We are 11 days into January. The bright lights, holiday decorations and family gatherings (what little there could be over the holidays due to Covid) have come and gone, and there is nothing left but the cold of winter.
The lights, the warmth, the anticipation of the festivities gives us something to look forward to and the cold air and cloudy-filled days are bearable and even welcomed (hello mulled wine to keep my hands warm as I peruse Christmas markets for gifts!)
However, the minute January comes, I take the decorations off the tree, pull down the bunting and wrap the garland lights as neatly as possible, so I don’t have to wrestle them next year (and yet somehow, I STILL have to untangle them when I take them out of the box).
The act of putting things away, coupled with the dreary weather, I start feeling like the winter is too much.
I don’t like the cold. I don’t like pulling on layer after layer. I don’t like seeing my breath come out as a little cloud. Snow is nice, but only for the first ten minutes. Then, I hate the slush and black colour it takes on. My toes start to turn into little icicles the minute I walk outside and I’m just a miserable person who tries to hibernate as much as possible.
There. I said it. I HATE winter and if I’ve missed anything about winter, let me know.
And this is when I tend to look at old photos of warmer times (am I torturing myself? Perhaps.) and I stumbled upon this street art when I was in Penang, Malaysia.
Perhaps there are better beaches that can be found in Malaysia but Penang has a special place in my heart. I’ve been going to Penang since I was a wee baby, back when the island was mainly jungle and to get from Georgetown, the capital, to Batu Ferringhi, the beach area, was a trek of winding roads and thick greenery.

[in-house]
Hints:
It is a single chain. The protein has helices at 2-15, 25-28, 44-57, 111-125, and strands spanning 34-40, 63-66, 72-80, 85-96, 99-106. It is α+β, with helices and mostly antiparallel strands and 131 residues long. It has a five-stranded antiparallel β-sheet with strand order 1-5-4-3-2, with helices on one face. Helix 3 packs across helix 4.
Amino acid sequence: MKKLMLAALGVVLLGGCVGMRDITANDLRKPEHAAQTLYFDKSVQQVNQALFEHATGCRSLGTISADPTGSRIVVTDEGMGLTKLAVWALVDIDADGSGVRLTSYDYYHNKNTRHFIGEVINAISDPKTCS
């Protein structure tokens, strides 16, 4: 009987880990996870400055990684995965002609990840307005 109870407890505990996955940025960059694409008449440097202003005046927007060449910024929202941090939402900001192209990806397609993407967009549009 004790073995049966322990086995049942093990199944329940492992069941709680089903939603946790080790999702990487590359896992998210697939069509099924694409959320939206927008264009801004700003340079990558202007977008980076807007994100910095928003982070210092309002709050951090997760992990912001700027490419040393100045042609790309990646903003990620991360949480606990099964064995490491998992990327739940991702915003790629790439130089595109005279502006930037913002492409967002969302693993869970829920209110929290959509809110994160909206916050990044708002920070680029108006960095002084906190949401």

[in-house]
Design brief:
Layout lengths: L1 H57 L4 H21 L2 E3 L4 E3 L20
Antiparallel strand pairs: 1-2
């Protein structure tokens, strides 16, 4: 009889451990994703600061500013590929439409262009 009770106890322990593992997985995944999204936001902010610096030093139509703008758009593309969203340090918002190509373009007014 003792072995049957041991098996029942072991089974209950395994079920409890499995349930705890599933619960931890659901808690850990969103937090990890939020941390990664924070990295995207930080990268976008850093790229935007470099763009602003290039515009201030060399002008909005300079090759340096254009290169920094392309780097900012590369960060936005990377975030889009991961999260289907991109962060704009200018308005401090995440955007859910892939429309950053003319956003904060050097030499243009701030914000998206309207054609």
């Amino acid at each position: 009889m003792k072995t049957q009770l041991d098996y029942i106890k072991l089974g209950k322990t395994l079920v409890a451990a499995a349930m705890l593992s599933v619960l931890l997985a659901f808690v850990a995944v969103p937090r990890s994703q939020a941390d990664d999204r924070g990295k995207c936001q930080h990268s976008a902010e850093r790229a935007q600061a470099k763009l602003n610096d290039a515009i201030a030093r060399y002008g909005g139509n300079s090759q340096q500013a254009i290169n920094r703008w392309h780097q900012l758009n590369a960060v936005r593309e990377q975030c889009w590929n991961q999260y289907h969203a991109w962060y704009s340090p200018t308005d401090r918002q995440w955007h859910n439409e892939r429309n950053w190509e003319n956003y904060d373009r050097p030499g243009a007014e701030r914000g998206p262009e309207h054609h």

Alas, this is not the case today with urbanisation, but Penang is still a must-visit. And the reason? Food. Oh boy oh boy is the food good! If you ever decide to visit Malaysia and are hopping around, put Georgetown on your list.
The city itself is multicultural and you can go from one street to another and experience the variety of ethnicities that make up the country. Want some good Malay food? No worries! Head down one road towards a nasi kandar and savour some delicious fried chicken, fish or beef rendang together with coconut flavoured rice.
How about Indian? Go to one of the banana leaf restaurants, aptly named as curries, rice and pickled sides, plated onto a banana leaf.
Chinese? Yep, Georgetown has you covered with fried noodles and wan tan mee.
And many up-and-coming cafes are serving some good coffee and Western treats with a Malaysian twist – heaven on Earth. While you’re in Georgetown, make sure you check out the local tips from Penang Foodie so you don’t miss out on authentic Malaysian fare.
When I go, I like to do a mixture of city and beach. I start with a few days staying in Georgetown itself to walk around and eat some of the delicacies and then head to the beach area of Batu Ferringhi.
Even while at the beach, you can find good street food for a reasonable price (probably not the cheapest around but still way less expensive than eating at the hotel). Don’t let the chaos and plastic chairs and tables of a hawker centre put you off – take a deep breath, brace yourself and walk straight in.
Try the BBQ’d stingray with its sweet-sour sauce, something that will surely awaken your tastebuds. Move on to the satay, with its thick peanut butter sauce and cubes of chilled rice to satiate your stomach, and finish with assam laksa, a noodle soup bursting with umami from its fish broth.
Laksa is spicy, sour, and does not have a strong fish taste if that worries you. Squeeze the kalamansi lime that you’ll find on the side of the bowl to really make it pop and zing and give you a feast for all your senses.
After this spice, cool yourself down with cendol. It’s a dessert made with chilled coconut milk, palm sugar and rice flour strands. It looks strange with its squiggly worm-like strands, but it’s as mild as it comes, as it’s only rice flour jelly infused with pandan leaves to give it a natural green hue (and a sweet aromatic taste from the pandan).
You’ll sit back, happy that you wore shorts with an elastic band and take a sip of a cold beer (or fresh coconut juice) while the fans above click-clack, trying to move the air around the hot and humid climate but not really succeeding.
One thing is for sure, you’ll be glad you made a stop to the island of Penang when you visit Malaysia.